As an example, we’ll zero in on a common metric: client acquisition cost, or CAC, which is basically how much on average your firm spends in order to gain a client.
To start, your firm should get into the habit of measuring its weekly, monthly and yearly expenditures for:
To measure CAC, you would then take the overall (or campaign-based) marketing expenditures over a given period of time (growth hacking suggests a smaller period of time — so, say, a week) and divide that by the number of new customers acquired. This will give you the average cost of acquiring a client.
In turn, this can help you to determine:
In growth hacking, this metric will change as your marketing campaigns get sharper and you start to do more testing. The point of this approach is as much to establish a new growth-savvy mindset than determine costs.
So while the approach may be to set long-term goals, and to measure quarterly results, in growth hacking it pays to measure daily, weekly, and monthly results. Commit to spending enough to get a response rate that is high enough to accurately measure your target audience’s response as against daintily committing random acts of marketing on a strict budget in hopes of landing the odd new clients.
Cutting-edge businesses use multiple online channels of communication such as social media, email campaigns, website landing pages, etc., to acquire new prospects. Identify the most likely avenues of communication for your target, and test your assumptions to get a better sense of where your target market really is hanging out, and what sort of messaging they’re most receptive to.
Once you identify the most effective channels for your marketing campaigns, set goals every channel you use, and continue testing to optimize your presence on these platforms.
Unless the main goal of your ad campaign is to collect emails, it will usually direct prospects to your website. If your site has 300 visitors a month, and 30 of them reach out to you, and two of them become customers, then your conversion rate is at about 0.67%. You should keep track in similar terms of every campaign you run, by whatever means it goes out. Tracking these metrics is vital to optimizing the effectiveness of your wording, design, and overall offering.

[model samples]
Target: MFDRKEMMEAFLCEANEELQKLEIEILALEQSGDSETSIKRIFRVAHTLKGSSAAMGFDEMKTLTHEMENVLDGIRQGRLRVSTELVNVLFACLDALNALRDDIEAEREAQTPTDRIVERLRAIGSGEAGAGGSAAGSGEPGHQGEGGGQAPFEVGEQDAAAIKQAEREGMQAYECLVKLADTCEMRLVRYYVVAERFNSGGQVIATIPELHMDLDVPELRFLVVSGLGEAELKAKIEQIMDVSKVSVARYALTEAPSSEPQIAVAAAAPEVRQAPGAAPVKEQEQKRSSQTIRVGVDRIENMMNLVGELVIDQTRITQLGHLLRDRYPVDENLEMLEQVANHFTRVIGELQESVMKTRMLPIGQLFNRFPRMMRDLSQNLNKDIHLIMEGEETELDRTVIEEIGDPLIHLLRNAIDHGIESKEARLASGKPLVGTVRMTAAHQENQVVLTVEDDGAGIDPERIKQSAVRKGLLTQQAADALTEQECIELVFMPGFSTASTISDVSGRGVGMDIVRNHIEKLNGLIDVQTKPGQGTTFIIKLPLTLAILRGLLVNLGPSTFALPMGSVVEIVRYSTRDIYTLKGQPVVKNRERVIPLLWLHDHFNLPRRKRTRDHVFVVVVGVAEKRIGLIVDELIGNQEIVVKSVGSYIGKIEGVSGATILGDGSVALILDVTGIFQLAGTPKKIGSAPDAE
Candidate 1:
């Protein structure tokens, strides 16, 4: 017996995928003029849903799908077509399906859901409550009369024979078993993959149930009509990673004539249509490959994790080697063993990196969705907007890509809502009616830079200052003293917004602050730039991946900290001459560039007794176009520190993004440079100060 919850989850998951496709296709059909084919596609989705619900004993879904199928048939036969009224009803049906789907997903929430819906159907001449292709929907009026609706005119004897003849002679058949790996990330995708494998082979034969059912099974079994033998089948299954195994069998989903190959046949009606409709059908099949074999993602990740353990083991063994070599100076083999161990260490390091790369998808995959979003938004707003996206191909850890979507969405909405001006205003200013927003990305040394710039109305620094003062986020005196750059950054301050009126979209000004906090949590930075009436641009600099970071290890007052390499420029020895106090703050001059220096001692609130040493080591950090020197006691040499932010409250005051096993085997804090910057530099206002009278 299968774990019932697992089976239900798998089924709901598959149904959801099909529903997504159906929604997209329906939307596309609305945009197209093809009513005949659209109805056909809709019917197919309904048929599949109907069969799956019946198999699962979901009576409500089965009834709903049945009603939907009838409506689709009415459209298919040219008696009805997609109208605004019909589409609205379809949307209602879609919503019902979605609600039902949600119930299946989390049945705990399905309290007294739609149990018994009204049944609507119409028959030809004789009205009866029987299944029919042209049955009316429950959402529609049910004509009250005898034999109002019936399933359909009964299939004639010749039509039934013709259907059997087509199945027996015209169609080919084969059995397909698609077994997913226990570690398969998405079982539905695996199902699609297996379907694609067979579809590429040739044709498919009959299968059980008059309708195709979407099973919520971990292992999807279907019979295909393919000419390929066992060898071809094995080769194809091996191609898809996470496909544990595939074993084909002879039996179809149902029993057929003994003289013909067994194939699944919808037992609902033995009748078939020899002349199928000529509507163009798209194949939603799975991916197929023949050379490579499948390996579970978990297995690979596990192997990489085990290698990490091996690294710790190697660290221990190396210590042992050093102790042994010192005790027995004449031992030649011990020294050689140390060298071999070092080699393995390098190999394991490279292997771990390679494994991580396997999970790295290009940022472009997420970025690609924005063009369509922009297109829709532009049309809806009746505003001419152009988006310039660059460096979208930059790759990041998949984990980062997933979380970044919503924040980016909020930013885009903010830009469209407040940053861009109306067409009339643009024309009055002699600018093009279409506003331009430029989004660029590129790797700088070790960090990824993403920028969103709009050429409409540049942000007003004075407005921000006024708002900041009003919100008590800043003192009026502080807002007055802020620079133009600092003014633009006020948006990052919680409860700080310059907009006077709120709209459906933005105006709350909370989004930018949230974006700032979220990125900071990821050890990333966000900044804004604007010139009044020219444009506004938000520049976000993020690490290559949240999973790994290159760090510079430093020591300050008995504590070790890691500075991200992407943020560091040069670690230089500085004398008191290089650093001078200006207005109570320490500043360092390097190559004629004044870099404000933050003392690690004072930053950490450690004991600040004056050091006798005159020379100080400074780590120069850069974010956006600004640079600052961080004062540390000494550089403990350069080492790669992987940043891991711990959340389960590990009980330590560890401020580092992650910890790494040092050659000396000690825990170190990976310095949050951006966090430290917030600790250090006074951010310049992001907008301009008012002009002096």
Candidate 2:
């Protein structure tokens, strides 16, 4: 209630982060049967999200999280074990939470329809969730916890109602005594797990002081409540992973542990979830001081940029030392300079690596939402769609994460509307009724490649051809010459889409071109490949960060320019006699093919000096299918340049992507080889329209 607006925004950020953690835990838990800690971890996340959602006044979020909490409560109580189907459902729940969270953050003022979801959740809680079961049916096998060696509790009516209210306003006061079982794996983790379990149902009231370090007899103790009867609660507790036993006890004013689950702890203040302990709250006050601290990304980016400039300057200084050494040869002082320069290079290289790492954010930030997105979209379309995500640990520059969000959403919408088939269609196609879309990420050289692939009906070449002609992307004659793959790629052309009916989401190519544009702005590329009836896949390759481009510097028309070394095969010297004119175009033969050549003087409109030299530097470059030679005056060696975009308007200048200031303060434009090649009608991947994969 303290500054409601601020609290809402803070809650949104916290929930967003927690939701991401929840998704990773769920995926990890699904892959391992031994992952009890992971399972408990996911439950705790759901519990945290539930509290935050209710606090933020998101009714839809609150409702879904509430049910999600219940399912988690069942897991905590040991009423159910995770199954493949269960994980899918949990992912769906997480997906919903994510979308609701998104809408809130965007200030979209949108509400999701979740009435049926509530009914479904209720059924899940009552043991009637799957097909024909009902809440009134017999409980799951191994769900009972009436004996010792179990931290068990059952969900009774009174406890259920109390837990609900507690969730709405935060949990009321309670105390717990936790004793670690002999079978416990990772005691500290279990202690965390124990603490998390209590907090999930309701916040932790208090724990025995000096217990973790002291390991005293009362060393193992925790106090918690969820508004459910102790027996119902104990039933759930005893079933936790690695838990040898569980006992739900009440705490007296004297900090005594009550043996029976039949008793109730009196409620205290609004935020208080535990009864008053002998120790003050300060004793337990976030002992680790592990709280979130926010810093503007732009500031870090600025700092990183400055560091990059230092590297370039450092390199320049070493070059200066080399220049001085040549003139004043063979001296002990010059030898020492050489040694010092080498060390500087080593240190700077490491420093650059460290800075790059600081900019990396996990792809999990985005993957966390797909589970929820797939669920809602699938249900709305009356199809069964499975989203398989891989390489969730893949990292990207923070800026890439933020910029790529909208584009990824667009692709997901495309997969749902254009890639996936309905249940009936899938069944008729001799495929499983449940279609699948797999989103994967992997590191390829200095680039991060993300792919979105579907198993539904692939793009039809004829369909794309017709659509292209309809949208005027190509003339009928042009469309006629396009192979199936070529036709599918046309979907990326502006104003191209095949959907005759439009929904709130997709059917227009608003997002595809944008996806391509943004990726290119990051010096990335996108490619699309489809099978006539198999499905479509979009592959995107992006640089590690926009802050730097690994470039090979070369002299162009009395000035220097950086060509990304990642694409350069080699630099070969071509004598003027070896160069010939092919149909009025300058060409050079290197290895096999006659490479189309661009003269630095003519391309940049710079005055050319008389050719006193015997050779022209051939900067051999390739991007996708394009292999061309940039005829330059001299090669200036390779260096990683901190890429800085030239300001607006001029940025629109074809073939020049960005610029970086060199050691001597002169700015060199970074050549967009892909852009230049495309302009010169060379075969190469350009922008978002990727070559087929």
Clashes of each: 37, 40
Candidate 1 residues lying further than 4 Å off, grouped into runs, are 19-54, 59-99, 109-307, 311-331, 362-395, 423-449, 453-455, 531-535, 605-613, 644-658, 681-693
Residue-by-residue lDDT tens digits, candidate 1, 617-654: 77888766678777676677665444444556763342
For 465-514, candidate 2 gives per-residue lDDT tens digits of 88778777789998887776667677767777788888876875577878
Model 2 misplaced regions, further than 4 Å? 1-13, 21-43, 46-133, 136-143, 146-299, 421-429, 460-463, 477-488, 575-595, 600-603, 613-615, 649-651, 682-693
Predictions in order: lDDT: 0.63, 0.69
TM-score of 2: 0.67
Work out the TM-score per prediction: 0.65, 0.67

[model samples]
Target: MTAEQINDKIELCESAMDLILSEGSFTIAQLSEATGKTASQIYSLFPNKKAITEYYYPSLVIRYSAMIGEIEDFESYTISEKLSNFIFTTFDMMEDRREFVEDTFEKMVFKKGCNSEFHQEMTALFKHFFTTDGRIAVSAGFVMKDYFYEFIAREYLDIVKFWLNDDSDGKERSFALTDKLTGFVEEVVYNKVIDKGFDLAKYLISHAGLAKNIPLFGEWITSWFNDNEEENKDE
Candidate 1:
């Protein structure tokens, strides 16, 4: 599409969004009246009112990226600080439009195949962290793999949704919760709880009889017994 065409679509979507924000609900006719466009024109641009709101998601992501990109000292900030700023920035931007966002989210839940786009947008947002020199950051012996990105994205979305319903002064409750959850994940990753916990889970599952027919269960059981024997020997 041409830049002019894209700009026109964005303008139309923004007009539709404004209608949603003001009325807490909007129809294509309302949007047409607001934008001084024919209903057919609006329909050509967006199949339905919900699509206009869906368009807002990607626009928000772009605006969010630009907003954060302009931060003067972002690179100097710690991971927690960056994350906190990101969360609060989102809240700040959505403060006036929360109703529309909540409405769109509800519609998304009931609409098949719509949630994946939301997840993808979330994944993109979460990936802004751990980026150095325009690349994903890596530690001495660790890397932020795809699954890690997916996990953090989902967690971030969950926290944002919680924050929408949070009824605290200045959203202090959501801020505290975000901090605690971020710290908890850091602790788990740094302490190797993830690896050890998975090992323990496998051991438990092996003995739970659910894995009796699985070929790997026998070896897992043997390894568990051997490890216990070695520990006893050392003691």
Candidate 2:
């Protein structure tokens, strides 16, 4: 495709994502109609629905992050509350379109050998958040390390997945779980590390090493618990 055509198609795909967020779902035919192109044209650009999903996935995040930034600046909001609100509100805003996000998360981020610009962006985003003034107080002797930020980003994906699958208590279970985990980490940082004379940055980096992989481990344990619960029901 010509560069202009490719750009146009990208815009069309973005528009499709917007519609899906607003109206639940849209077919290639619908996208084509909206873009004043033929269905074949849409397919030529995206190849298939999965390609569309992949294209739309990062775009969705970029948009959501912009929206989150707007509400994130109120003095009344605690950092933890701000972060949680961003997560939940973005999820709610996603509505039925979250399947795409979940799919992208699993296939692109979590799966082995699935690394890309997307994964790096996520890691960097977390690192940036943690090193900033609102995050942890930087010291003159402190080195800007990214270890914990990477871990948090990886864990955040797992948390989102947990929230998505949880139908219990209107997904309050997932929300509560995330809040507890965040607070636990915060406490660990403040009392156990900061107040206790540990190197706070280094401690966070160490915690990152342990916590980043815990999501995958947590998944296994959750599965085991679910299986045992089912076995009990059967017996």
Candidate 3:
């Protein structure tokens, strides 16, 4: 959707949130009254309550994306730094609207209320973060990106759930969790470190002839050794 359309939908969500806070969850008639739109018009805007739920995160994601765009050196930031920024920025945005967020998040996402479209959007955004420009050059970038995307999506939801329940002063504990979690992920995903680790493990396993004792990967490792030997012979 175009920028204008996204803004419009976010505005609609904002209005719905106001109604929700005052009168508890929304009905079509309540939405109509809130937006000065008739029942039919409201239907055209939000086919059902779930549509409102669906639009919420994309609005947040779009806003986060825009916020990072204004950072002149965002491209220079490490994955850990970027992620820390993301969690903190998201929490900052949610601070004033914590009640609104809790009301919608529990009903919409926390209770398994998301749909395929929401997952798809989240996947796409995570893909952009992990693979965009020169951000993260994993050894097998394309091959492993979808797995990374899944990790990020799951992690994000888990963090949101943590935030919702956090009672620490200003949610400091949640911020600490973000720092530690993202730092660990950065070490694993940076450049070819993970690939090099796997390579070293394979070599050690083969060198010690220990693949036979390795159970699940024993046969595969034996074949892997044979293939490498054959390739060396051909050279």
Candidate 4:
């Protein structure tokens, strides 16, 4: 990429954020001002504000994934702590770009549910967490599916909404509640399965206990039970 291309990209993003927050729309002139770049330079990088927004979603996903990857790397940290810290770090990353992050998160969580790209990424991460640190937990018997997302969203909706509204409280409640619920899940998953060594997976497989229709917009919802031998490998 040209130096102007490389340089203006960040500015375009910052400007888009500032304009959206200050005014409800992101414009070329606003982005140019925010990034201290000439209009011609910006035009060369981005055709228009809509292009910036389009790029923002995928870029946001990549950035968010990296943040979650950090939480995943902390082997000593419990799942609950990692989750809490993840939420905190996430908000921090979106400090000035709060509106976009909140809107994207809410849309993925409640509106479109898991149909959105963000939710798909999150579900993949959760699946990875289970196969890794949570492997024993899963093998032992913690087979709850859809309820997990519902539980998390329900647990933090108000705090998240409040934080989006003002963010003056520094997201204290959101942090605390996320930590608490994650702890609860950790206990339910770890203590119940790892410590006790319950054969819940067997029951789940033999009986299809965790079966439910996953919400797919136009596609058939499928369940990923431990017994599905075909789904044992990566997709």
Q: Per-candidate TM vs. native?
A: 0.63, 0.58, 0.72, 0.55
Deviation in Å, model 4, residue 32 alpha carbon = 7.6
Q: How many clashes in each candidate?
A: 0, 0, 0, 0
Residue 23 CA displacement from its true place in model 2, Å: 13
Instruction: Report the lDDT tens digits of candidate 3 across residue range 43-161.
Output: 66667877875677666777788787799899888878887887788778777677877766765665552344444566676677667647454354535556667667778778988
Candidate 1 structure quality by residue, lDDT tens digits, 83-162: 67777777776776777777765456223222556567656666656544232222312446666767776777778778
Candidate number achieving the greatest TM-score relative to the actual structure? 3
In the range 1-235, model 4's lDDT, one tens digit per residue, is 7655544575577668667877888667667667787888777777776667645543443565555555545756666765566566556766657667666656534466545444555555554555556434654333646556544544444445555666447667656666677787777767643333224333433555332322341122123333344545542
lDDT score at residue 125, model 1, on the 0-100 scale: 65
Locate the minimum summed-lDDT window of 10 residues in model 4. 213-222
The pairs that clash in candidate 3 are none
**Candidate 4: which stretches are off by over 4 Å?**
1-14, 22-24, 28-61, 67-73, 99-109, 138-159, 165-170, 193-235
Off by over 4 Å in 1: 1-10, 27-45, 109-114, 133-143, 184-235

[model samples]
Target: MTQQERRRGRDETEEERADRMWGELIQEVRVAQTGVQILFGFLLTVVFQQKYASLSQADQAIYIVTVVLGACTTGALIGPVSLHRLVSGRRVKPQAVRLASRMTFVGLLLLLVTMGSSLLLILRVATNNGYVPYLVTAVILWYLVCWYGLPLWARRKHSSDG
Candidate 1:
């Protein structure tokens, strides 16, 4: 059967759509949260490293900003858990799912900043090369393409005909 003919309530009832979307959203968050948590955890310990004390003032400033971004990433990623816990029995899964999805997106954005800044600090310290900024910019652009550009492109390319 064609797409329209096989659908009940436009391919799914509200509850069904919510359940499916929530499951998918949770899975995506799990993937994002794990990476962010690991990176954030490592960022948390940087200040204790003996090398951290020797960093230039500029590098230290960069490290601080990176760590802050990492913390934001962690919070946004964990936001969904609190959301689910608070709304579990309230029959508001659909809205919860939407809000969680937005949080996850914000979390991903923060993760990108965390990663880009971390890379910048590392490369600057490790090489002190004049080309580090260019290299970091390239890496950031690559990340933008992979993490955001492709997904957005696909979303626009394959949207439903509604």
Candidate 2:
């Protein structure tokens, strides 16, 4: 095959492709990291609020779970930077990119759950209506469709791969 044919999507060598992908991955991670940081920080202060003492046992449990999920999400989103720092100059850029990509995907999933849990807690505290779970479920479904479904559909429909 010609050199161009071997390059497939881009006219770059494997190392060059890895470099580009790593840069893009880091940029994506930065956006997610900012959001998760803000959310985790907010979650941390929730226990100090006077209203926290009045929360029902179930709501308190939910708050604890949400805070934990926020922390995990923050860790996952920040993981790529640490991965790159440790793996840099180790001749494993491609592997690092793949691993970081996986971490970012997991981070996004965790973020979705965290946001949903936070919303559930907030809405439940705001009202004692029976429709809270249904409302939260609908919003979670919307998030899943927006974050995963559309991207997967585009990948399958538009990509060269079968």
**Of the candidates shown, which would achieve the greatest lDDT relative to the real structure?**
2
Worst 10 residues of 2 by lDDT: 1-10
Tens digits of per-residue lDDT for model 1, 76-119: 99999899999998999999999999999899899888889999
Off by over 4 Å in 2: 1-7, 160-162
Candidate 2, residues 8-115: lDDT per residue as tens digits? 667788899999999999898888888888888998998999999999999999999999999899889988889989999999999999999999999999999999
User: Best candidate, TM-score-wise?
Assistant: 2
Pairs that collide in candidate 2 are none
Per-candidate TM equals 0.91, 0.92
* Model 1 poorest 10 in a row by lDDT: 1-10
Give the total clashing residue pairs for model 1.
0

A comprehensive click-through rate evaluation considers:
As with tracking CAC — remember, client acquisition cost — click-through metrics help you ascertain average “pay-per-click” rates for specified content, which is in turn an indication of the effectiveness of your campaigns and your website. “Bounce” Rates Can Be Just as Telling as Click-Through Rates
A bounce rate is the number of people who land on your website or email send, and quickly leave without taking action of benefit to you. This can also be tracked for individual campaigns to measure the success of any marketing effort. Just by viewing this metric, you can begin to address weak points in your campaigns.
For websites, a high bounce rate is generally bad for google search results because it tells Google that people aren’t satisfied with this site, which can weaken your search-ranking results. Your bounce rate can be measured through Google Analytics, which allows you to see all of the activity on your website.
Another important component of growth hacking is client retention. The methodology involves continuously working to improve your products and services to keep clients engaged and prospects impressed. This may also be why some define growth hacking more like a “mindset” than an actual system or process.
As growth hackers, financial-advice-firm owners should also keep track of how many clients left in specific periods of time. This allows the business to easily identify trends impacting prospects, clients, the market — even large-scale cultural shifts.
While you’re evaluating your business in light of your growth-hack-inspired findings, you may want to think about where you can improve on or expand product and service offerings, identify up-selling opportunities, or make inroads on new niches or geographic territories. Evaluating the metrics outlined in this article will help to pinpoint such openings.
Also, and well within the growth-hacking framework, you could survey clients to discover what services they would like you to provide.
Another intended outcome from growth hacking as a financial advisor is to be so client-centric that you generate referrals like crazy. This calls for a correlated referral program, run in tandem with your marketing campaigns. Offering discounted services, or freebies to customers who bring in word-of-mouth referrals is a great place to start.
There are sites like refermeiq.com and many more that will actually automate the referral process for you and provide you with all of your metrics. Handy, huh? The key aspect of referral programs is to work them in at the right moment.